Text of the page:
At the Romance Writers of Australia Conference there was a lot of talk about the Digital Age, a lot of it conflicting. It’s going to kill The Book, it’s the best/worst thing to hit publishing, booksellers will be the losers/winners, readers will have access to more books, better books, rubbish books; authors will lose out/win big –it’s the death of an age/the dawn of an age…
The one thing I have realised is that while there are fantastic Techno Nerds out there who understand the current technology and are benefiting from it – you only have to look at the quantity of e-reader devices that restrict sharing and limit reading and access to specific formats – but that’s a topic for another day! When it comes to what the future holds, we’re all Techno Turds. Nobody knows what effect the digital age will have on publishing, on writing, and, more importantly, on reading. But are we really at the ‘sink or swim’ stage? If we don’t embrace the technology and ride along with it, will we be left behind?
Bob Mayer mentions in his Write it Forward workshop (presented at the same conference), that anytime you react strongly and negatively to something, that’s your greatest defences at work, and your greatest defences are built around your weaknesses, your uncertainty and fear.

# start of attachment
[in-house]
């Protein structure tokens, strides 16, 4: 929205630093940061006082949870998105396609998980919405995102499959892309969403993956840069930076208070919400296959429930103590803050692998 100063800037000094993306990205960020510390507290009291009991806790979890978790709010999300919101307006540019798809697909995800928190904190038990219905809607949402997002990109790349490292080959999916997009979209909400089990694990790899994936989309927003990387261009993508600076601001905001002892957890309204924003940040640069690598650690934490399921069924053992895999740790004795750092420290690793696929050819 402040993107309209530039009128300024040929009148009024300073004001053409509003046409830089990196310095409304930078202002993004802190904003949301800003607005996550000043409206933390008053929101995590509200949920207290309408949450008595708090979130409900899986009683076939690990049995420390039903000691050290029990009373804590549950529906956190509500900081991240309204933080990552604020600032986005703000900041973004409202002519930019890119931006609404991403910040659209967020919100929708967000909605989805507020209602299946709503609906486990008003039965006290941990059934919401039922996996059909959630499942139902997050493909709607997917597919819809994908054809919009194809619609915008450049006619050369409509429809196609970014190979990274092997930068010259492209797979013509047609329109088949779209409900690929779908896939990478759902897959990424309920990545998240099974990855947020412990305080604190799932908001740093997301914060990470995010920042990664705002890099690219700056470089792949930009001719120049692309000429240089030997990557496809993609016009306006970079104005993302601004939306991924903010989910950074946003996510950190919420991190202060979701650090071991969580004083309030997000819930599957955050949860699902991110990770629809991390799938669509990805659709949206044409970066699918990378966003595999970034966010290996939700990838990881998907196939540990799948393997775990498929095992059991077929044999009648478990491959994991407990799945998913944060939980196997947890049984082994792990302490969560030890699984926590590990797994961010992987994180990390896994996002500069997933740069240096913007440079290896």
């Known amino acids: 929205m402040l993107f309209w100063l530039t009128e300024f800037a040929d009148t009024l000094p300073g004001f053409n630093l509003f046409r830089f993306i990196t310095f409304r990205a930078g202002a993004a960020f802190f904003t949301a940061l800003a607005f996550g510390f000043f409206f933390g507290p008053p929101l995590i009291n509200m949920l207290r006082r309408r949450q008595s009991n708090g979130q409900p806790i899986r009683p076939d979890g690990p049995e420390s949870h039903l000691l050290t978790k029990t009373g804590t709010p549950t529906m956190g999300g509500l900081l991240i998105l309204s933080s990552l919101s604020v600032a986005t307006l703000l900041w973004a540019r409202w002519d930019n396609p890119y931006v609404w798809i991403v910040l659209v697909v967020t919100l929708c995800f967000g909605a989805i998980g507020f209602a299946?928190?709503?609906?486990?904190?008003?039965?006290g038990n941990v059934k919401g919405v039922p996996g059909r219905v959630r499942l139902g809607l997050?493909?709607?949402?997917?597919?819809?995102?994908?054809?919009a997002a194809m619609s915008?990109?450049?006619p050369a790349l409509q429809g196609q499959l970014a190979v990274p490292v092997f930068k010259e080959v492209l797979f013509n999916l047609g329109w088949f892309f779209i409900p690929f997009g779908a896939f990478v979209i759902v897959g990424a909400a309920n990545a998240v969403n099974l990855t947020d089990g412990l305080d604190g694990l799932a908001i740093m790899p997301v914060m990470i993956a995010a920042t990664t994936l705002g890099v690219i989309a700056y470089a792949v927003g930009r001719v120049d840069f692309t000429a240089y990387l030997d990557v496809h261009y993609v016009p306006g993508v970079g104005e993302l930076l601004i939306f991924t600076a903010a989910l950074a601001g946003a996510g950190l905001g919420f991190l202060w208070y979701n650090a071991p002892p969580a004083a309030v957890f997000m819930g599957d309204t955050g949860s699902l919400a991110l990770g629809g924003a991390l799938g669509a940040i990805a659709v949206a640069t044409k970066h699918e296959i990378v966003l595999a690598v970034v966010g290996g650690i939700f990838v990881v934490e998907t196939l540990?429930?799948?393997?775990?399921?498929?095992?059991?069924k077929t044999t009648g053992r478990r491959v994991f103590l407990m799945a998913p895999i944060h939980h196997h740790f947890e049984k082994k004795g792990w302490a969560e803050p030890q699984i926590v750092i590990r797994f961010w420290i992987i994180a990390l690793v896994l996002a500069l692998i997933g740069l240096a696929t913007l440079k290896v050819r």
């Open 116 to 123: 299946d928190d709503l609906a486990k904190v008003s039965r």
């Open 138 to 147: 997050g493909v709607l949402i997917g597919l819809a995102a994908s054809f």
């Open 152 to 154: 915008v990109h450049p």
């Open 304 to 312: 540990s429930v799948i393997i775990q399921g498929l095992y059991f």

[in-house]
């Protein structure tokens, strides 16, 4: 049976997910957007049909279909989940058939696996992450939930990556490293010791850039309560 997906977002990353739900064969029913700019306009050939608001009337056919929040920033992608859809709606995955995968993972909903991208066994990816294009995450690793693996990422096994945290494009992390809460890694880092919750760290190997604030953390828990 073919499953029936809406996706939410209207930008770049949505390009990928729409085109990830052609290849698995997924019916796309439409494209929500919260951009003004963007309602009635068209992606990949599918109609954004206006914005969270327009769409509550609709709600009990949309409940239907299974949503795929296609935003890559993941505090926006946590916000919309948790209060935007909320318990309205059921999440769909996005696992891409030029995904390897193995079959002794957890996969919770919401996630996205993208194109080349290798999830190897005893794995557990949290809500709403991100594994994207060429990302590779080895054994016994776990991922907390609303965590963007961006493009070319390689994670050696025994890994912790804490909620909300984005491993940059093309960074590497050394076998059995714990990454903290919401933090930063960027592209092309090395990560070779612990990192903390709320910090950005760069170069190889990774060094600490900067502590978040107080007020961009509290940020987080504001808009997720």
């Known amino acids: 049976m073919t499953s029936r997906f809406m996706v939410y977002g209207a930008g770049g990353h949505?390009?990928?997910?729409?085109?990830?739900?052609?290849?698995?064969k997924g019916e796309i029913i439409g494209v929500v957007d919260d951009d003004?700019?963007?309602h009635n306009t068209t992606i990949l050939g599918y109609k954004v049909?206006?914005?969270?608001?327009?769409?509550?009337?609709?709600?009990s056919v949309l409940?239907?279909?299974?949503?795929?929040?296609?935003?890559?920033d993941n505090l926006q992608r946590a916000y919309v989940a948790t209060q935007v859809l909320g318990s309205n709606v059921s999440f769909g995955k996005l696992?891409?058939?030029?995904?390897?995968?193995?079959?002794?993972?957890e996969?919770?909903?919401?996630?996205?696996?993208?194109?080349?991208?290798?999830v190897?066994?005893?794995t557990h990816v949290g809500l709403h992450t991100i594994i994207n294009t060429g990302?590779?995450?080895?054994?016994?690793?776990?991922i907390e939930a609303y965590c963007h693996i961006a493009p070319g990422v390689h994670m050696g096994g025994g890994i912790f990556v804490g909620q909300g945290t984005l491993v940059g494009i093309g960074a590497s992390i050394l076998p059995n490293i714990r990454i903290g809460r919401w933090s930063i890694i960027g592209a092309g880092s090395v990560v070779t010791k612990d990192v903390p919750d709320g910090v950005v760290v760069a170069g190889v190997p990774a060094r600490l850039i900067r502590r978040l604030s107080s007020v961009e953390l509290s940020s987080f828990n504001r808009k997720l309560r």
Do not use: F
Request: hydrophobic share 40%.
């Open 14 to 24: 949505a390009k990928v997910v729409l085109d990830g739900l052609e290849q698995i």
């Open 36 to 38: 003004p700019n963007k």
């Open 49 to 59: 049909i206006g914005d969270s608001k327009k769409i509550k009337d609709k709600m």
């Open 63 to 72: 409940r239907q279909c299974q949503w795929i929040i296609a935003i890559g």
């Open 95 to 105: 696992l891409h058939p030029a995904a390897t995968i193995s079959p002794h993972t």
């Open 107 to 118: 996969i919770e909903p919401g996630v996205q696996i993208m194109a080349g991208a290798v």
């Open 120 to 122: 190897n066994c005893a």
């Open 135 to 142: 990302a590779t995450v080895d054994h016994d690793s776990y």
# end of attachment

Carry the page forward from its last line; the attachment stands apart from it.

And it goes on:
Face the fear, and work through it, Bob says.
Well, there are already a number of publishers doing just that. Harlequin, for one, with Carina Press. Avon have launched their digital imprint, Avon Impulse. Now Australia’s Pan MacMillan are about to launch their digital imprint, Momentum.
The key is to remember that all technology was new and frightening, at some point – for example; the telephone (yes, I realise those bills still make it frightening), medicine, electricity – I’m sure that Noah’s Ark was viewed with equal parts derision and fear, much like e-books. Well, wouldn’t you rather have been on the ark than watching it float past?
What do you think? How do you think e-books and digital publishing will effect reading, writing and publishing in the future?